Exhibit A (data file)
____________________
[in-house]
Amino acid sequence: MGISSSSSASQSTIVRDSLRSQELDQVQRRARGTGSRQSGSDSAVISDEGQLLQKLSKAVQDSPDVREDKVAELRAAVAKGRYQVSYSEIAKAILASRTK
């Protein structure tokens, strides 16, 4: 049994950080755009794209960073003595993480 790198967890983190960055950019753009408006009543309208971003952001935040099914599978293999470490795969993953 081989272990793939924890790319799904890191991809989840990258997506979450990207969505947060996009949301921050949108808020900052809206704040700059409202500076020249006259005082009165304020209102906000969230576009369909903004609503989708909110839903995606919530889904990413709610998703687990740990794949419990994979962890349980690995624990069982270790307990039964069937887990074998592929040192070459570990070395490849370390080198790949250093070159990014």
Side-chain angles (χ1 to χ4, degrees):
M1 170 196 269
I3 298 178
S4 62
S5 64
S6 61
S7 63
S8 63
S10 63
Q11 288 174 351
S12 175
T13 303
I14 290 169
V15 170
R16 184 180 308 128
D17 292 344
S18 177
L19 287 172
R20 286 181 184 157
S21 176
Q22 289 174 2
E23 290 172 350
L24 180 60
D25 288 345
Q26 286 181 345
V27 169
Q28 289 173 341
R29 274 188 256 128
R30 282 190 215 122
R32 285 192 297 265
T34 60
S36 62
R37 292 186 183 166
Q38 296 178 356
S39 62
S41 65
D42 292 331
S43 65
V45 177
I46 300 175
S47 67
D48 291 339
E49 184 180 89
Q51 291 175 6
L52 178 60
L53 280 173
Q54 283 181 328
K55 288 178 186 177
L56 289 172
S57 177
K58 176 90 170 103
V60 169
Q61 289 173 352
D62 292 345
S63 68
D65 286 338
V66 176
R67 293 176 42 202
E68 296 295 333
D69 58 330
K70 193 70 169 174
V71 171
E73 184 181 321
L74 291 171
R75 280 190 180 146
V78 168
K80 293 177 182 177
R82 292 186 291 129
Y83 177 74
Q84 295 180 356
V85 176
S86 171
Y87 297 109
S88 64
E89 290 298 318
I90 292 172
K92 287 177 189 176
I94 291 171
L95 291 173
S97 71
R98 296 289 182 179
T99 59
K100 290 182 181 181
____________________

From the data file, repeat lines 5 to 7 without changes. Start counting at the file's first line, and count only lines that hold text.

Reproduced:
M1 170 196 269
I3 298 178
S4 62